Joshua Redman: Come What May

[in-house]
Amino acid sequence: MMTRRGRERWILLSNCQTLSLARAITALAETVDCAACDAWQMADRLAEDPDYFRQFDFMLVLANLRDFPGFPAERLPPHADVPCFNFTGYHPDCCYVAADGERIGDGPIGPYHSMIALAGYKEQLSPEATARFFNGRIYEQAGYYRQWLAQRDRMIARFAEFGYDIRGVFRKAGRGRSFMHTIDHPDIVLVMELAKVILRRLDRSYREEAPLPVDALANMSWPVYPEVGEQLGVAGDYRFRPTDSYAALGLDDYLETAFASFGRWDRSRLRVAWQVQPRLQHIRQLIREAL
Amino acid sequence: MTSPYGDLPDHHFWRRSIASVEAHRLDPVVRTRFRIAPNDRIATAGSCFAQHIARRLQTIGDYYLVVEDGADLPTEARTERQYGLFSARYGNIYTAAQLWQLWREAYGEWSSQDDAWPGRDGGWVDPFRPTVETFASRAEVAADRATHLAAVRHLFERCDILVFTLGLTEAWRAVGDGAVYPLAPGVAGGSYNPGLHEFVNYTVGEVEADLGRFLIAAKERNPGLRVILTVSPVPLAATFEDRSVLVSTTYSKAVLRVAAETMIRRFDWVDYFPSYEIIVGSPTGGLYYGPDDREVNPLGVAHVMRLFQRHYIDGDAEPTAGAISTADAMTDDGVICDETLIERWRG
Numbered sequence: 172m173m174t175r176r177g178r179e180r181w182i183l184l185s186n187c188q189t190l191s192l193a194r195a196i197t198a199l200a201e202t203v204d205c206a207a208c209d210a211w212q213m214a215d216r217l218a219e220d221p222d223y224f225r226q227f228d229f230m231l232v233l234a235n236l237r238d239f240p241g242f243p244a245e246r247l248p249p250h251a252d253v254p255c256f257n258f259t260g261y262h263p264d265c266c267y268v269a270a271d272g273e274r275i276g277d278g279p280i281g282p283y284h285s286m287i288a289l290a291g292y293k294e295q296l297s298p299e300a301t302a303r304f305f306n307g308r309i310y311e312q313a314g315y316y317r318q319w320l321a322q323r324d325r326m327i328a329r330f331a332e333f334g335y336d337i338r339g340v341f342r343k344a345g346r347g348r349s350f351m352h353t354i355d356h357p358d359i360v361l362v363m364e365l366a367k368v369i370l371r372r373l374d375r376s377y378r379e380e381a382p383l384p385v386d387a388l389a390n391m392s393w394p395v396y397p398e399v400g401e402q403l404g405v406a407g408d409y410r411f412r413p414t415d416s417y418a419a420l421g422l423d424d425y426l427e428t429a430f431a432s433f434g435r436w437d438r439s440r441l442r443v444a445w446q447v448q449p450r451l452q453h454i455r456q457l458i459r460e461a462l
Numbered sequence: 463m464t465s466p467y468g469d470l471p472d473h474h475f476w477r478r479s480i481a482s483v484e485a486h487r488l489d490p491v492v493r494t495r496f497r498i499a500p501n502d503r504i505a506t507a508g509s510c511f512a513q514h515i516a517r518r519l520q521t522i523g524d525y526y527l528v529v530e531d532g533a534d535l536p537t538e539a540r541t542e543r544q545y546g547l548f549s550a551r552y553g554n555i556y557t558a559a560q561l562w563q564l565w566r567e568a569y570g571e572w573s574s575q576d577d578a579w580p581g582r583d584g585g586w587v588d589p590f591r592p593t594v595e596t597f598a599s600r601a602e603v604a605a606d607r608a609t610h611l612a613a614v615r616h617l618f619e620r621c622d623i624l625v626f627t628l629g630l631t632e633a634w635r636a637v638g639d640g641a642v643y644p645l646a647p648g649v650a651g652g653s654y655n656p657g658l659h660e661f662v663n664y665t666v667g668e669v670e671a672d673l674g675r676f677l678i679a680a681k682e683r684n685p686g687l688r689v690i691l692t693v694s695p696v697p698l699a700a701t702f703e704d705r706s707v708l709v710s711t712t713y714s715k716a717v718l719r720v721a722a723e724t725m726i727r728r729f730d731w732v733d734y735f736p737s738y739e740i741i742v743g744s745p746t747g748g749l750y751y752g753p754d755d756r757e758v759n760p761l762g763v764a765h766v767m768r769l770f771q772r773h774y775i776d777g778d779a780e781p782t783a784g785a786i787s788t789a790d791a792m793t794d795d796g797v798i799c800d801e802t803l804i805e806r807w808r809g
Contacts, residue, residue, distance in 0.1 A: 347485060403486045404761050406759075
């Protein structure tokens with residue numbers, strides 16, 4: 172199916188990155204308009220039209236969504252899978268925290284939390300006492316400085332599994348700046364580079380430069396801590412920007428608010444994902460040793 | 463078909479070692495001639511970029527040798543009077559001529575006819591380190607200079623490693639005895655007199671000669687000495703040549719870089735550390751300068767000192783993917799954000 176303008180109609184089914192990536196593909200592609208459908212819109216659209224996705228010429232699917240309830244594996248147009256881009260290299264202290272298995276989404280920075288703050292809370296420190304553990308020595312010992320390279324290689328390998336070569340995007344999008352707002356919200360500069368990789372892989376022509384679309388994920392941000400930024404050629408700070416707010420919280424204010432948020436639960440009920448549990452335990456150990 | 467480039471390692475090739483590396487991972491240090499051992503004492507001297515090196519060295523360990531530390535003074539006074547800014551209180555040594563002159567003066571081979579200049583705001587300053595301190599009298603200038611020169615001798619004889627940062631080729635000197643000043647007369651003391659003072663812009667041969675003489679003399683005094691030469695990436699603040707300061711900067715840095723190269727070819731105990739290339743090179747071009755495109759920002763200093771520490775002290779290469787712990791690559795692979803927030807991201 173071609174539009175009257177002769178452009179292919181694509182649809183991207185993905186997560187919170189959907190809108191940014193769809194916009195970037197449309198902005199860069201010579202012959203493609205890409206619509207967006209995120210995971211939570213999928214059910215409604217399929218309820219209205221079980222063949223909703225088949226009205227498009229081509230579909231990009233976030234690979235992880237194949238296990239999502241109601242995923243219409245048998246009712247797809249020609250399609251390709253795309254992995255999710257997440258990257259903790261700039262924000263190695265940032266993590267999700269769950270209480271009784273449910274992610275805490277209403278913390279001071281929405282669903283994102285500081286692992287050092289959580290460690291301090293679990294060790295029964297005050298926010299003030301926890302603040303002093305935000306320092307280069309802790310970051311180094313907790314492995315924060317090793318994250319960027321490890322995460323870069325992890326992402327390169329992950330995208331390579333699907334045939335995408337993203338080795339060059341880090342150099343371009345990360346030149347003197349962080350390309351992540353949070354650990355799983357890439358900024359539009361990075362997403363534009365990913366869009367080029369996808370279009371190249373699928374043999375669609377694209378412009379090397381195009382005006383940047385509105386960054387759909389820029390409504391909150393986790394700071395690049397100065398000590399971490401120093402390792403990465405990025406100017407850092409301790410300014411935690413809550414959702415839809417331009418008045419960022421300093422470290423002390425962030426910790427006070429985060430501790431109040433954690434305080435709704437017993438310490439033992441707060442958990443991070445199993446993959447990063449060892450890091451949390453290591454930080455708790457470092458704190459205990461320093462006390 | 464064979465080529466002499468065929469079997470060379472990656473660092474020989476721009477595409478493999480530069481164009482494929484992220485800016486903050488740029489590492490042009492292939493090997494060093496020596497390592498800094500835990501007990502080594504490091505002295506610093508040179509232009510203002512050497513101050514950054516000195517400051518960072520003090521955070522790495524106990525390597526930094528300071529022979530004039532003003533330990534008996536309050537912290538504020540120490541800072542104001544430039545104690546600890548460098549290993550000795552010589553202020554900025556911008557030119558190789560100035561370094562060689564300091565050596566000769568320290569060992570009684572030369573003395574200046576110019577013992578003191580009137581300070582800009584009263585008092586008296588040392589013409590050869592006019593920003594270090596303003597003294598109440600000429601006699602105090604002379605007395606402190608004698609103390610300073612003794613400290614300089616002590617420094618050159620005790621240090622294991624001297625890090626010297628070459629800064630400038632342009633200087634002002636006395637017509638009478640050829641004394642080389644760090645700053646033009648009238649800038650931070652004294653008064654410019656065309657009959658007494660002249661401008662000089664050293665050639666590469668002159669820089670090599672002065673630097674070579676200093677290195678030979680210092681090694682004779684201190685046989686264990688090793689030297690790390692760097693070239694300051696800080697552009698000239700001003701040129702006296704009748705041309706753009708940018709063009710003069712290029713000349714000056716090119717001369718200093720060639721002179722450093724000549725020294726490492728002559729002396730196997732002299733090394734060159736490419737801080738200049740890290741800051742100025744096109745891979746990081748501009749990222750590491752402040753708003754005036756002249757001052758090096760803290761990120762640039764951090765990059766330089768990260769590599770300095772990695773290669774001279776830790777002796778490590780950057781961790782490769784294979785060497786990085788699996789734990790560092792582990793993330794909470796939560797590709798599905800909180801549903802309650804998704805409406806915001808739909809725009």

The last time the Joshua Redman Quartet released an album was in 2001—it was their second, titled Passage of Time , and it came just a year after their debut, Beyond . Now Redman, who recently turned 50, has amassed a much more extensive discography that has taken him in numerous directions, testing his flexibility as a leader, band member, composer and improviser. He made a record in 2015 as a guest of The Bad Plus, cut a couple with the excellent quartet James Farm, paid tribute to his late father Dewey Redman’s band Old and New Dreams and released a duets set pairing him with pianist Brad Mehldau. Come What May , in a sense, returns the master saxophonist to familiar territory—he and his quartet mates (pianist Aaron Goldberg, bassist Reuben Rogers and drummer Gregory Hutchinson) displayed a special affinity right off the bat in the previous decade, and that’s still there—but it also advances their relationship. They are all, of course, older now, and there’s more maturity, less of a push to prove, than existed on the earlier sides. The title track, one of seven new Redman compositions, is a prime example: It unfolds at a leisurely pace, with Redman blowing softly, his tone warm and sensual; the others are there for confident support, not to grab the spotlight. Only two tracks, in fact, “How We Do” and “DGAF,” present the band in a fired-up state of mind. There too, the connections are intuitive and the playing is sharp as can be. It’s both as if they never went away and still have so much more to say.